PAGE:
The Lupus Foundation of America (LFA) put out a release this month containing the estimate that as many as 40 percent of all people with lupus (SLE), and as many as two-thirds of all children with lupus, will develop kidney complications that require medical evaluation and treatment. Because there are so few symptoms of kidney disease, significant damage to the kidneys can occur before a person is actually diagnosed with lupus.
March is "National Kidney Month" and the LFA is using the observance to call attention to this serious and potentially life-threatening complication of lupus.

Lupus nephritis is the term used when lupus causes inflammation in the kidneys, making them unable to properly remove waste from the blood or control the amount of fluids in the body. Abnormal levels of waste can build up in the blood, and edema (swelling) can develop. Left untreated, nephritis can lead to scarring and permanent damage to the kidneys and possibly (the euphemistically named) end-stage renal disease (ESRD). People with ESRD need regular dialysis to filter of their body’s waste, or a kidney transplant so that at least one kidney is working properly. This occurrence greatly affects the person’s quality of life and life expectancy.

In the early stages of lupus nephritis, there are very few signs that anything is wrong. Often the first symptoms of lupus nephritis are weight gain and puffiness in the feet, ankles, legs, hands, and/or eyelids. This swelling often becomes worse throughout the day. Also, the urine may be foamy or frothy, or have a red color.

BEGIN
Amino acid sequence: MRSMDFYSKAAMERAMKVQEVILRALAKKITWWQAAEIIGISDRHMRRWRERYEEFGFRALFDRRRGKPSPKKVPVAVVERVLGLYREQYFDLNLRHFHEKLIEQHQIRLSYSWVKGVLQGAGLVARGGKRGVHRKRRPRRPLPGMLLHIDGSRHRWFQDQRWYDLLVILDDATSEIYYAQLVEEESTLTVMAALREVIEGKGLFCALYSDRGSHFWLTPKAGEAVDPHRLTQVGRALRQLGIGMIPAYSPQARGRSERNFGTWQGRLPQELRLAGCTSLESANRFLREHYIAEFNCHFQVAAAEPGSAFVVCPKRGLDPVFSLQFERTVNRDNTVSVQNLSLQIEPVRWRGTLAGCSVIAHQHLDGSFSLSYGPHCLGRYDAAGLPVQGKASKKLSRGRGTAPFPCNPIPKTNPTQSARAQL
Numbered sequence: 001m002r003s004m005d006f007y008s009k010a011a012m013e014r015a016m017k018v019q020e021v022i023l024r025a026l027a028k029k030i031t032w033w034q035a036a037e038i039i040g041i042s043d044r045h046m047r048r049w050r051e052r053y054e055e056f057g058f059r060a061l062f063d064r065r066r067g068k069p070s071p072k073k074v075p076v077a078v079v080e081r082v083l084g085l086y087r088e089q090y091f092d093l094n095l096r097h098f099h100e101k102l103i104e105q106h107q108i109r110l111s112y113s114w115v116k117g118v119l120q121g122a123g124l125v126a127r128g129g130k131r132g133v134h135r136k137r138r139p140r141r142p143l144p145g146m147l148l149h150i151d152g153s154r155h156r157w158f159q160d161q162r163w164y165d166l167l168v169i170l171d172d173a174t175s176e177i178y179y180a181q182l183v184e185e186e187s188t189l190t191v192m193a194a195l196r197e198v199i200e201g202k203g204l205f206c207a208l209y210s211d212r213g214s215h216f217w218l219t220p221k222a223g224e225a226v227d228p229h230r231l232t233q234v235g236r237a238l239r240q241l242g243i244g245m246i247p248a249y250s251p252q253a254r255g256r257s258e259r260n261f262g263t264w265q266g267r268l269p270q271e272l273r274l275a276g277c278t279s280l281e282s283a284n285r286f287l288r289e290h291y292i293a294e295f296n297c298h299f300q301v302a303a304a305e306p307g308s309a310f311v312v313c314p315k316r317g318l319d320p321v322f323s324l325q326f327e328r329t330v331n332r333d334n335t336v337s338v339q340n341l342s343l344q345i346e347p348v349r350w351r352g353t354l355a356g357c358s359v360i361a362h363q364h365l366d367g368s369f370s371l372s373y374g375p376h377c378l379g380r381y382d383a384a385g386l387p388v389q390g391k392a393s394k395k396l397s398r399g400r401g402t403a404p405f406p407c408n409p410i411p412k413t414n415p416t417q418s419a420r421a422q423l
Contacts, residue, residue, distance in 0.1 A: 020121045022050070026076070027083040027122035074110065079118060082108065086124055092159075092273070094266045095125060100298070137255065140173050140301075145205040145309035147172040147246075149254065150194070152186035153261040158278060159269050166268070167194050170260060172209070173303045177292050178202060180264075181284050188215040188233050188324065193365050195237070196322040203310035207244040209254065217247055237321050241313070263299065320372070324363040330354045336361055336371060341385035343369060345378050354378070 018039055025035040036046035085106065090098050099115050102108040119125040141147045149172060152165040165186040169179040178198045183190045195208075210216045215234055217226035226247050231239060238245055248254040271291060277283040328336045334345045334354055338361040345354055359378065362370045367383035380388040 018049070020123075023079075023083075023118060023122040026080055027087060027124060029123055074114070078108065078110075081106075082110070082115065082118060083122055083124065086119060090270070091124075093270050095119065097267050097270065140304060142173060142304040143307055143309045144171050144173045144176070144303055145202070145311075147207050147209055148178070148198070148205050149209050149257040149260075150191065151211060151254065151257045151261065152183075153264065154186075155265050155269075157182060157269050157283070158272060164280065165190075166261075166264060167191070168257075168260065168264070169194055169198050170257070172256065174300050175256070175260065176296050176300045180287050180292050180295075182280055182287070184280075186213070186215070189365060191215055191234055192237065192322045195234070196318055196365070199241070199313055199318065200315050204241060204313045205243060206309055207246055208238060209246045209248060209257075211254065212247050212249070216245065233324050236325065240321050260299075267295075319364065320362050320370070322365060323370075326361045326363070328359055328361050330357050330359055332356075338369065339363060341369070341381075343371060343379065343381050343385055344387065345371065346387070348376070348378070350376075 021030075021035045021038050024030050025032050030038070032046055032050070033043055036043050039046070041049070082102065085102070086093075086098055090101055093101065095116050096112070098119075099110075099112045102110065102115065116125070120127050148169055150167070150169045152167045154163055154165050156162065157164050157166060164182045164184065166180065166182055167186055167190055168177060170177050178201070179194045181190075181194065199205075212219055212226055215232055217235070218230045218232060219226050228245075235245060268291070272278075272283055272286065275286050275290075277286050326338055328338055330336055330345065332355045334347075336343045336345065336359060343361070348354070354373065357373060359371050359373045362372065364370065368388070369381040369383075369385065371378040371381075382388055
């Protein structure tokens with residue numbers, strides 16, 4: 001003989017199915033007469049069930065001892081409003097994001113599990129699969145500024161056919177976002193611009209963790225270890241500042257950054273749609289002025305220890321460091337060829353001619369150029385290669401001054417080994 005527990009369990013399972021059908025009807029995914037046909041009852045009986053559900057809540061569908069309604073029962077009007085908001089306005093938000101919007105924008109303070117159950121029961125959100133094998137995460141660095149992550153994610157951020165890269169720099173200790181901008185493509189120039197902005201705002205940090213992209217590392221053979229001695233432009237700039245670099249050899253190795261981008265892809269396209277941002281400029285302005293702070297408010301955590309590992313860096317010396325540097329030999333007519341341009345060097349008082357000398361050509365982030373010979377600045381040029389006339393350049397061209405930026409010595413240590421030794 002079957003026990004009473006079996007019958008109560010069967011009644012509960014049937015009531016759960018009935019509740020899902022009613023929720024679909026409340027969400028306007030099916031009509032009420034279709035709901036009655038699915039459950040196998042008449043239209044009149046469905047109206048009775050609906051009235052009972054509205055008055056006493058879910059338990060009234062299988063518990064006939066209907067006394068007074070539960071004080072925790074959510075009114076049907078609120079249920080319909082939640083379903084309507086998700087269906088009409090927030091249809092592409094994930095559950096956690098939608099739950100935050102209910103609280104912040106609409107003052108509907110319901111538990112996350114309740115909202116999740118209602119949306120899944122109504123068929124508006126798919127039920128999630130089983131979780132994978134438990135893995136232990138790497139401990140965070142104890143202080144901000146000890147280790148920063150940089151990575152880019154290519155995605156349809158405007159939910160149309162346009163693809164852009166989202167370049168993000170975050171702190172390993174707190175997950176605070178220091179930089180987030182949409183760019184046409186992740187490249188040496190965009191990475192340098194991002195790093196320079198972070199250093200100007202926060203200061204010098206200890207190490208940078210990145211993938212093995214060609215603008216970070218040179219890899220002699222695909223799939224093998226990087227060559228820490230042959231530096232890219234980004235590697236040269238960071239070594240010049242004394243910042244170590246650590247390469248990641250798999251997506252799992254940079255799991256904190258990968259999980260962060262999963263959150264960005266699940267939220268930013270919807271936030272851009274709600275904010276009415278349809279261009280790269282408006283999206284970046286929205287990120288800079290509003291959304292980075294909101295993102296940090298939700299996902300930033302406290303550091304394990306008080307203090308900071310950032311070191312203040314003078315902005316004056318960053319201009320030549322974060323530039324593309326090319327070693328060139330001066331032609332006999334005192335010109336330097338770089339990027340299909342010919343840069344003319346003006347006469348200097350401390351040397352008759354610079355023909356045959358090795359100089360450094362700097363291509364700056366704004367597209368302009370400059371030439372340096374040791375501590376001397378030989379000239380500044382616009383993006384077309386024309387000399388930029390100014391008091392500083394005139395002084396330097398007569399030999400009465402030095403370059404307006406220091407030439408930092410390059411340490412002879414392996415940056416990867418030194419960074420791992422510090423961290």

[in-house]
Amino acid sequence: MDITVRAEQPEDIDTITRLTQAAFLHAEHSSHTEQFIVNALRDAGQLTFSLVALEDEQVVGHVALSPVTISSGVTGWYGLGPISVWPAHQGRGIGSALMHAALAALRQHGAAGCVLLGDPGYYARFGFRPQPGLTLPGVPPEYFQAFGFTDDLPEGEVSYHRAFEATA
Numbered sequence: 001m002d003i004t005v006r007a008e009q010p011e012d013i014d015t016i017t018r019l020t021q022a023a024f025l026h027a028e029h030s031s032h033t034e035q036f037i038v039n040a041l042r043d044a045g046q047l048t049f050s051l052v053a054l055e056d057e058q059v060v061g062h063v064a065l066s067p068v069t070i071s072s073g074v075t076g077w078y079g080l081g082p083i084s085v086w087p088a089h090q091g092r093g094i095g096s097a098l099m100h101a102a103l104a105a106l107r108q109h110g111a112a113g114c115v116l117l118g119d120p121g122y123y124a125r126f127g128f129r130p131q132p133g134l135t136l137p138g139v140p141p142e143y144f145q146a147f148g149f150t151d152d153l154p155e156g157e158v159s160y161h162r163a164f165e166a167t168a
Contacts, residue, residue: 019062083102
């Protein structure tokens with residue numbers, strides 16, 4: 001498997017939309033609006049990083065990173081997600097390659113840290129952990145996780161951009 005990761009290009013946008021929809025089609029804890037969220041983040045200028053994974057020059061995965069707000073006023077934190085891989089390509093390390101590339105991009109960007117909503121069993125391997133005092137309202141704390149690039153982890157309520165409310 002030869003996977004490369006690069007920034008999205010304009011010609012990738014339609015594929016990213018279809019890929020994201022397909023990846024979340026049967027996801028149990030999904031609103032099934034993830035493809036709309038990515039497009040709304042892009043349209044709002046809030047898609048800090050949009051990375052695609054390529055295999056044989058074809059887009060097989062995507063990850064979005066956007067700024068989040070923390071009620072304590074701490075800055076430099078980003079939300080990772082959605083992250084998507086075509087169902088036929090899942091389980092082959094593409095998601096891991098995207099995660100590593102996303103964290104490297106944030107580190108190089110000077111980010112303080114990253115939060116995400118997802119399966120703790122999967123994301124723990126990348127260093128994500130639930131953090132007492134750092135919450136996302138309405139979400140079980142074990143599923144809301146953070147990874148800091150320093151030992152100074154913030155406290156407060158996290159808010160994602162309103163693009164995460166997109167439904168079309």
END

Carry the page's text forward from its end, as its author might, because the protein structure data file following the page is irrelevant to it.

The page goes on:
Diagnosis
Often the first signs of lupus nephritis show up in clinical laboratory tests on the urine. That is why a urine test, or urinalysis, is an important screening tool. In addition, certain blood tests can provide information about kidney damage and how well the body is filtering waste. A physician also may order a kidney biopsy in which a tiny piece of tissue from one of the kidneys is removed for testing.


Treatments
LFA notes that there are effective treatments for lupus nephritis. Prednisone and other corticosteroids are generally prescribed to stop the inflammation. The big ticket (yay, lupus is a market!) immunosuppressive drugs may also be used (with or in place of steroid treatments), such as cyclophosphamide ("Cytoxan" ka-ching), azathioprine ("Imuran" check-or-charge?), cyclosporin A, and mycophenolate mofetil ("CellCept" su-casa-es-mi-casa). Medications developed for other illnesses are also being studied as treatments for lupus nephritis, including rituximab (Rituxan®), eculizuimab (Soliris™), and abetimus sodium (Riquent™).



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